(ORIGINAL)Feel Tanks as Method : Why we
(Image is speaker's own created in homage to Tammy Rae Carland's Lesbian Beds (2002) series

Feel Tank: Exhaustion

Creating New Social Imaginaries and Critical Democratic Communities in Post-War Sri Lanka Through Traditional Culture and Art

Social Imaginaries & Critical Democratic Communities  

Network, Sri Lanka.  

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‘Feel Tanks’ (a spin of ‘think tank’) derive their name from one cell of a larger group known as the Public Feelings Project which operated from the conviction that ‘understanding affective investment can be the a starting point for theoretical insight into the workings of capitalism, racism and sexism within power structures.’ (Cvetkovich, 2012)

Through over a fifteen workshops, seminars and lectures in the UK and internationally, Chloe Turner has been using ‘Feel Tanks’ as both intellectual enquiry and call-to-arms, to consider how to sustain living under capitalism in the current moment.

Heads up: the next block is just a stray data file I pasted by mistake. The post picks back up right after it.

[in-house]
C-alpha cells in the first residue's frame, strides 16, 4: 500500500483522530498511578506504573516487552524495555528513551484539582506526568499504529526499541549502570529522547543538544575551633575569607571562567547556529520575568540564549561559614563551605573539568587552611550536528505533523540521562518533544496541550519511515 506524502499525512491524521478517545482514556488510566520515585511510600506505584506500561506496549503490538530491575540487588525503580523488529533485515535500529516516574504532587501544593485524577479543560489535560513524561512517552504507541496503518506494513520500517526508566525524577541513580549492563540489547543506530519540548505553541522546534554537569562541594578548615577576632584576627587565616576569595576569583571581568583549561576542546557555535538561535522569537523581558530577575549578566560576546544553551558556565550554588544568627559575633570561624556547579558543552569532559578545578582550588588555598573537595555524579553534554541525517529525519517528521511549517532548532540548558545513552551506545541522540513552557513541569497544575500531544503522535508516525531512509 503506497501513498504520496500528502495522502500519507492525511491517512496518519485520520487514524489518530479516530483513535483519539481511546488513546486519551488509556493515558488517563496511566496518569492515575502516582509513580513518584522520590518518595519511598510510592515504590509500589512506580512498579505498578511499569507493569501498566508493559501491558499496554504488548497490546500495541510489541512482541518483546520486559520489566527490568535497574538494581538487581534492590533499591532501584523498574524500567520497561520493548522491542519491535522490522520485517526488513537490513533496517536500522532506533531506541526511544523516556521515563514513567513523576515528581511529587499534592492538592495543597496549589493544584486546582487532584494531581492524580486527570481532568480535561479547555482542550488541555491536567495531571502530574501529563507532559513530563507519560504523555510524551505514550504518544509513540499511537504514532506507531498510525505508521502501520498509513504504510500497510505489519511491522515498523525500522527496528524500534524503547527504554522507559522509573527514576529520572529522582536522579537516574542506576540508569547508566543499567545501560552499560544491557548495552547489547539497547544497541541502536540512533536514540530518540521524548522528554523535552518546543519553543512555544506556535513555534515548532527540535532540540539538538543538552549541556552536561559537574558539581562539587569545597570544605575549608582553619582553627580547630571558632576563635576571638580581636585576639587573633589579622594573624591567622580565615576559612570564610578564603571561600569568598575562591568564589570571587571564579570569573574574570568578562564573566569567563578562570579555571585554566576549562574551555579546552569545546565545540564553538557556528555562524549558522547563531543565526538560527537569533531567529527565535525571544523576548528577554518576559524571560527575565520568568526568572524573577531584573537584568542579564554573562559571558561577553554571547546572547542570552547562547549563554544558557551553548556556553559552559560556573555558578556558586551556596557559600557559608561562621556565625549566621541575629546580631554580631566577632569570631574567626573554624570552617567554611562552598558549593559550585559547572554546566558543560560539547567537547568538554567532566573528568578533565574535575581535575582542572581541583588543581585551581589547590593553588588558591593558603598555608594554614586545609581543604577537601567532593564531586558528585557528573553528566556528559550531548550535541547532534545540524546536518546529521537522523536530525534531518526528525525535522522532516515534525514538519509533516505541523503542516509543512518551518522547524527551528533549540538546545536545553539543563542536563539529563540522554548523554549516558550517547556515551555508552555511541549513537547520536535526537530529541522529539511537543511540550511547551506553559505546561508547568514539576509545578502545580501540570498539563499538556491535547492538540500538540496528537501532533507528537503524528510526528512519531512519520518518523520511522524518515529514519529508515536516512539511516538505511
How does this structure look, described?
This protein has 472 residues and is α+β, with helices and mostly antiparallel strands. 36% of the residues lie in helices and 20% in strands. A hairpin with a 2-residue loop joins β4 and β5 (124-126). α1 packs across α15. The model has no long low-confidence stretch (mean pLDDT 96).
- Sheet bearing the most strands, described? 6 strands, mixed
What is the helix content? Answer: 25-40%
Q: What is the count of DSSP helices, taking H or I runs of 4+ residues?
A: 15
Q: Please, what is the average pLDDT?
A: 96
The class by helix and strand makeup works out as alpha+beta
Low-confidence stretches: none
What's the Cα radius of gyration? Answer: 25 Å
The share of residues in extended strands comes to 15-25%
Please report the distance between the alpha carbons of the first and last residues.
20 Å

In the continuing struggles against global anti-Black, queer/transphobic conservative governance, pandemic "new normal“ living and the stripping of arts and humanities funding, nurturing spaces of care and connection have never felt more pressing. How do we bring into being the feminist space we want to be a part of? A space where we gift our labour to each other as opposed to institutions, co-create the
spaces to weather the coming disasters and mobilise a resistance that centres pleasure and joy.

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Feel Tank: Exhaustion

This session relates to the specific affects associated with navigating academia, activist and community spaces as exhausted feminists.

The workshop was commissioned as part of the UKRI GCRF funded project AH/S004149/1 'Creating new social imaginaries and critical democratic communities in post-war Sri Lanka through traditional culture and art' held by Dr Kiran Grewal.